Everyday Heroes: Pride, Humility, and Management

The Center on Global Brand Leadership and The Harris Poll presented a discussion around how the public perceives essential workers (non-medical), how they perceive themselves, and what organizations can do to effectively support their contributions during this crisis moment.

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During the coronavirus pandemic, a previously underrecognized part of the workforce was suddenly thrust to the forefront: non-medical essential workers. Encompassing jobs as widely varied as retail, distribution, pharmacy, waste collection, and food processing, these workers became the “everyday heroes” of the pandemic by keeping America operating while the virus raged and the country was urged to shelter in place.

To help businesses better understand these workers and what motivates them, The Harris Poll conducted a survey on how the general public and the workers themselves perceive essential workers. Alongside the release of the report, The Harris Poll partnered with the Center on Global Brand Leadership to present a panel on the topic with executives from Anheuser-Busch, CVS Health, and the U.S. Chamber of Commerce, a nonpartisan advocacy organization for business.

All panelists noted that due to the sharp and relatively sudden spread of the virus in the US, their organizations had a steep learning curve when it came to supporting essential workers.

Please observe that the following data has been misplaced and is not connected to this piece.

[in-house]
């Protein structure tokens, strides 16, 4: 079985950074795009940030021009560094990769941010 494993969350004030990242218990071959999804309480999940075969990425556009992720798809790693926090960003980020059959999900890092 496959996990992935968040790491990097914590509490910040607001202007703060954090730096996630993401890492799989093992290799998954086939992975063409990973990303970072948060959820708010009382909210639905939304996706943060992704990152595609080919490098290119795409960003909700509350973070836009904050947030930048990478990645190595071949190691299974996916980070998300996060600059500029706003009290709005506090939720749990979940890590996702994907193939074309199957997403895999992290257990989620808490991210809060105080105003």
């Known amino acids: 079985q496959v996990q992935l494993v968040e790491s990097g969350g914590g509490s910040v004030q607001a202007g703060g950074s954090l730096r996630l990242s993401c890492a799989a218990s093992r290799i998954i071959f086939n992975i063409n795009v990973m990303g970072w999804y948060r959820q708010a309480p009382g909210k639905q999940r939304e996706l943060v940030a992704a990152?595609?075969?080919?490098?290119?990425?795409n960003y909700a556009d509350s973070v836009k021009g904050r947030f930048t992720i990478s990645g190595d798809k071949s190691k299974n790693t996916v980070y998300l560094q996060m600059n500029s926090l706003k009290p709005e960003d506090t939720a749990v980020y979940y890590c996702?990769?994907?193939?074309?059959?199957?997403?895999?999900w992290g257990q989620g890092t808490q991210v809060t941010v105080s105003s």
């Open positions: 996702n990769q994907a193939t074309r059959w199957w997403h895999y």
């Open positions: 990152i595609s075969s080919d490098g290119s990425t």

Michelle Russo, Chief Communications Officer of the U.S. Chamber of Commerce, noted that to start, the definition of an essential worker is unique to each crisis. “How do you define ‘essential worker?’ In previous crises, it wasn’t necessarily the grocery store worker.”

Kieran Fagan, VP of Communications at CVS Health, noted that the relatively sudden onset of the health crisis made it especially hard to adequately carry out their top priority: protecting their workers. “It was difficult to get PPE (personal protective equipment) to employees in the stores with the speed we would have wanted.” 

Cesar Vargas, Chief External Affairs Officer at Anheuser-Busch, said that despite the unique challenges that the pandemic has posed the business, the pandemic also created an opportunity for Anheuser-Busch to give back to their community (though initiatives such as producing hand sanitizer with ethanol from their distilleries), creating a distinct sense of pride for their essential workforce that made them feel closely tied to the mission of the company.

The panel, which was moderated by Matthew Quint, Director of the Center on Global Brand Leadership, also discussed the new equipment businesses need to protect essential workers (such as plexiglass shields at counters), paid sick leave and hazard pay, and strategies for reopening businesses safely.

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